The University of Michigan continues to establish itself as a major hub for researchers with entrepreneurial ambitions across the country now that it has been selected to become one of a handful of nodes for the National Science Foundation's
The Innovation Corps
, I-Corps for short, is designed to fast-track more research from the lab to the real world. The 1-year-old program trains National Science Foundation-funded scientists and engineers on how to extend their focus beyond basic research and toward practical applications that have value in the marketplace. I-Corps got its start at Stanford in Silicon Valley.
"This is the first time it has been taught outside of Stanford," says Doug Neal, executive director of the Center for Entrepreneurship at the University of Michigan
. "U-M is one of three nodes that will be open across the country."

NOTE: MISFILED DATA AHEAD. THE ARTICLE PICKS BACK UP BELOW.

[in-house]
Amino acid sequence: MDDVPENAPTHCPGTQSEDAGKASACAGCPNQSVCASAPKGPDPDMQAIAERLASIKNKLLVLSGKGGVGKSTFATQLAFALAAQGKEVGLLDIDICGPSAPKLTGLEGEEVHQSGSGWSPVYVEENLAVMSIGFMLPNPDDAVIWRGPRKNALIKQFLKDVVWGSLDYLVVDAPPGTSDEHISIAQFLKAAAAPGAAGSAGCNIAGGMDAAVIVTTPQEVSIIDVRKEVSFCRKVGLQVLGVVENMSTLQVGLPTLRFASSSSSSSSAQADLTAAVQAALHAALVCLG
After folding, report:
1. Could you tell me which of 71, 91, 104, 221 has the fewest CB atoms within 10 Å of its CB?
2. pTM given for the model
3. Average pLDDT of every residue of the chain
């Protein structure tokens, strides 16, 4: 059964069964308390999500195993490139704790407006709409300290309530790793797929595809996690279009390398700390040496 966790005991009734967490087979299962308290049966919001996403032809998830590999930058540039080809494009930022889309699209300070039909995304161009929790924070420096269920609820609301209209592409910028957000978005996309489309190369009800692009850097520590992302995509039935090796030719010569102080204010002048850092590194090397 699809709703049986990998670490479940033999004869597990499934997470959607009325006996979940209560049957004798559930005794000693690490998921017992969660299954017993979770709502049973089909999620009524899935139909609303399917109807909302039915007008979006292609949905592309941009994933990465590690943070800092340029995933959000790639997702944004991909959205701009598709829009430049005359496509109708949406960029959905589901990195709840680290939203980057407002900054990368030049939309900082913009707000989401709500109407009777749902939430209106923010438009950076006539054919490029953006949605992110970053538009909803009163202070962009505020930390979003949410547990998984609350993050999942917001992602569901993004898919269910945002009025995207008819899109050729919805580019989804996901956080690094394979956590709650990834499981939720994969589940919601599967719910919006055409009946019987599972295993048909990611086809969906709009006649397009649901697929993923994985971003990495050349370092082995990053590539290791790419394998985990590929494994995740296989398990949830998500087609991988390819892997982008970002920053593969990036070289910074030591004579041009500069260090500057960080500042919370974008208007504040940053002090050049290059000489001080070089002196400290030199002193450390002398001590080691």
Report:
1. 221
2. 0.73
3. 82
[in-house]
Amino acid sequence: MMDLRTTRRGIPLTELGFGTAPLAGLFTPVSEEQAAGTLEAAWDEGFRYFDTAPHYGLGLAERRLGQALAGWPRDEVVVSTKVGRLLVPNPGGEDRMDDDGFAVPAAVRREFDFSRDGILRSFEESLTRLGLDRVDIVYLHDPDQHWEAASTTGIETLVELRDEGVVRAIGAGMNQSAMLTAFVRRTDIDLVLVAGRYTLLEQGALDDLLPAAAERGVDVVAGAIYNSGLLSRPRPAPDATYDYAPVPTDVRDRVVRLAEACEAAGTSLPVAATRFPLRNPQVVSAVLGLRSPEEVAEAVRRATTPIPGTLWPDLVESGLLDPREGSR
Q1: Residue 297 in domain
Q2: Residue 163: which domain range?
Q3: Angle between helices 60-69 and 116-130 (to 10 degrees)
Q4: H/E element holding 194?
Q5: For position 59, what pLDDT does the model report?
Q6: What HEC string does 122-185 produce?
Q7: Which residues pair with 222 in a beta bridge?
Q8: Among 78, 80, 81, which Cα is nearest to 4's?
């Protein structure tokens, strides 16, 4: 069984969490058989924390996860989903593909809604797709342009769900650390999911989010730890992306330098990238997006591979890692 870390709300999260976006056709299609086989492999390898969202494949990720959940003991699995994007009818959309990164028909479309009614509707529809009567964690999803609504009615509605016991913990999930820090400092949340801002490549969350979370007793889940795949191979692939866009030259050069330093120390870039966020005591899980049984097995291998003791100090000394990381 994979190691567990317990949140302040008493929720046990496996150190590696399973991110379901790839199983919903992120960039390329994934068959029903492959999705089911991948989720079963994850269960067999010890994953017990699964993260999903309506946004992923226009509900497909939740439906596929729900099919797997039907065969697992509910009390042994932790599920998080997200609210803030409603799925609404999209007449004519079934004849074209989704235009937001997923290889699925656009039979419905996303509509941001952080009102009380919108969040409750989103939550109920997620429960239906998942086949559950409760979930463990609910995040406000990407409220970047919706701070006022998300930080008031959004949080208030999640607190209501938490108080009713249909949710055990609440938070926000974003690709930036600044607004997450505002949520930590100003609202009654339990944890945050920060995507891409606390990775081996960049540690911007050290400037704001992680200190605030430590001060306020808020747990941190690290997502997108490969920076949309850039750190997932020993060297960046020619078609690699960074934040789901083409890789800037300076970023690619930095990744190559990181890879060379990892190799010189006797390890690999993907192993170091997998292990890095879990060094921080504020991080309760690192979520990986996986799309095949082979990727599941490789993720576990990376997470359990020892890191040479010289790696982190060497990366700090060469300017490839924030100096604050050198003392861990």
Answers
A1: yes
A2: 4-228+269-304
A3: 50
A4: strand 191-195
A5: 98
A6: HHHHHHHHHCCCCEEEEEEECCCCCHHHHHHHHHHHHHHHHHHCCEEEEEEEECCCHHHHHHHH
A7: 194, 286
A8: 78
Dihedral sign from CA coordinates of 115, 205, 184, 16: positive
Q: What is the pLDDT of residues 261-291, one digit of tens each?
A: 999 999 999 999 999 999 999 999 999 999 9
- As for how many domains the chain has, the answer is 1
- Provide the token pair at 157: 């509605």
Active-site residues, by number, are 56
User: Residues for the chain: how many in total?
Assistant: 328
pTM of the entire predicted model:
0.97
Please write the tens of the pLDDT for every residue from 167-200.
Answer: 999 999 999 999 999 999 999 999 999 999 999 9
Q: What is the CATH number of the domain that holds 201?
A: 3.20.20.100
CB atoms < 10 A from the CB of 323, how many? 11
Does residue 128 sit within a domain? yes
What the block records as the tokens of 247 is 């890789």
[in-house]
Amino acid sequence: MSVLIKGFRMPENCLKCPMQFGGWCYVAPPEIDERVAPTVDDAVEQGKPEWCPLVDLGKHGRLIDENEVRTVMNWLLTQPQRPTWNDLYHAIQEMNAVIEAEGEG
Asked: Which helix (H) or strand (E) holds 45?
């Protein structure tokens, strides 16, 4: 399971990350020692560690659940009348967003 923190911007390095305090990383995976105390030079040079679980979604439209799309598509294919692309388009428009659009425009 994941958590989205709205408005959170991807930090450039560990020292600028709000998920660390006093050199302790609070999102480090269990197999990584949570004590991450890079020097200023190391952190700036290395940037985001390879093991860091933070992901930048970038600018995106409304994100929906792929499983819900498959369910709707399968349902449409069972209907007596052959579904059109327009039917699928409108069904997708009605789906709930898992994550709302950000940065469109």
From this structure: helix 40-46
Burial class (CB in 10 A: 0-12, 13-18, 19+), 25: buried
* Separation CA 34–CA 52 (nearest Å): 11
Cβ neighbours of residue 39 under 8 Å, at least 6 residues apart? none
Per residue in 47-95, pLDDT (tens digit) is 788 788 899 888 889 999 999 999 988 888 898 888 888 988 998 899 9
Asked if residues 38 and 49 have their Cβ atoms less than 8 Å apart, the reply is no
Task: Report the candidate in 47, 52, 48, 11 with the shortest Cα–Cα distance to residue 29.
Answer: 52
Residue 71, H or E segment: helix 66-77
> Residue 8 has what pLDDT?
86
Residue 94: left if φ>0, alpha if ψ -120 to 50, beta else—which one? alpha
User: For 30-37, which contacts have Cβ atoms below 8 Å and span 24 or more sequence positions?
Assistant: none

U-M joins Stanford
and Georgia Tech
in offering the I-Corps workshops for research scientists and professors at top universities across North America. U-M will receive a $1.5 million federal grant to get the program off the ground over the next two years. Those two years have the potential to attract top entrepreneurial innovators at research universities across the country to Ann Arbor to take advantage of this program and the area's other entrepreneurial resources.
"We're not just teaching U-M researchers about entrepreneurship," Neal says. "We're teaching researchers from across the country."
Source: Doug Neal, executive director of the Center for Entrepreneurship at the University of Michigan
Writer: Jon Zemke